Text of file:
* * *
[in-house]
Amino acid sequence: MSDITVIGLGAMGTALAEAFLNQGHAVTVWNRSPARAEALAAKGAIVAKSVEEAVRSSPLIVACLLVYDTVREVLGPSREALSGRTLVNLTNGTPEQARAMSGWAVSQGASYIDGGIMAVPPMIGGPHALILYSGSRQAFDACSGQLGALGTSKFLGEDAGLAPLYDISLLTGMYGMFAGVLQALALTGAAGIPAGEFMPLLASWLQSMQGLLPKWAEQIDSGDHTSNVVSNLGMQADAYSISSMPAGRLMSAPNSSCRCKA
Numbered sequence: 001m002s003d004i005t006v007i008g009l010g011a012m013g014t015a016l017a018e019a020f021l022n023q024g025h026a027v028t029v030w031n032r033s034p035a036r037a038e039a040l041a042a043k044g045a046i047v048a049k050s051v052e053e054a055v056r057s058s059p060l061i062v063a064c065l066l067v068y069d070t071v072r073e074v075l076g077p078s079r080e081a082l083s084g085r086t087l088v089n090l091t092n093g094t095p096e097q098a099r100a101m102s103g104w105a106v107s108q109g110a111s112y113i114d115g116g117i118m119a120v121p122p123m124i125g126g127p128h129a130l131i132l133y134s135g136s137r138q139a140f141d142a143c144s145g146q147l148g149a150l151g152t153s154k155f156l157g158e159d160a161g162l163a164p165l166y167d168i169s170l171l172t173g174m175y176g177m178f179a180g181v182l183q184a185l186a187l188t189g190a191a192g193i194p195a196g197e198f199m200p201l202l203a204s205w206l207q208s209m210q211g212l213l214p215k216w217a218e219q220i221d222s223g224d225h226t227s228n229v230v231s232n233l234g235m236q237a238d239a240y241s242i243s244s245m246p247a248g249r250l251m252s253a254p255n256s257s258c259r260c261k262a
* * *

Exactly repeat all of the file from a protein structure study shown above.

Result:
[in-house]
Amino acid sequence: MSDITVIGLGAMGTALAEAFLNQGHAVTVWNRSPARAEALAAKGAIVAKSVEEAVRSSPLIVACLLVYDTVREVLGPSREALSGRTLVNLTNGTPEQARAMSGWAVSQGASYIDGGIMAVPPMIGGPHALILYSGSRQAFDACSGQLGALGTSKFLGEDAGLAPLYDISLLTGMYGMFAGVLQALALTGAAGIPAGEFMPLLASWLQSMQGLLPKWAEQIDSGDHTSNVVSNLGMQADAYSISSMPAGRLMSAPNSSCRCKA
Numbered sequence: 001m002s003d004i005t006v007i008g009l010g011a012m013g014t015a016l017a018e019a020f021l022n023q024g025h026a027v028t029v030w031n032r033s034p035a036r037a038e039a040l041a042a043k044g045a046i047v048a049k050s051v052e053e054a055v056r057s058s059p060l061i062v063a064c065l066l067v068y069d070t071v072r073e074v075l076g077p078s079r080e081a082l083s084g085r086t087l088v089n090l091t092n093g094t095p096e097q098a099r100a101m102s103g104w105a106v107s108q109g110a111s112y113i114d115g116g117i118m119a120v121p122p123m124i125g126g127p128h129a130l131i132l133y134s135g136s137r138q139a140f141d142a143c144s145g146q147l148g149a150l151g152t153s154k155f156l157g158e159d160a161g162l163a164p165l166y167d168i169s170l171l172t173g174m175y176g177m178f179a180g181v182l183q184a185l186a187l188t189g190a191a192g193i194p195a196g197e198f199m200p201l202l203a204s205w206l207q208s209m210q211g212l213l214p215k216w217a218e219q220i221d222s223g224d225h226t227s228n229v230v231s232n233l234g235m236q237a238d239a240y241s242i243s244s245m246p247a248g249r250l251m252s253a254p255n256s257s258c259r260c261k262a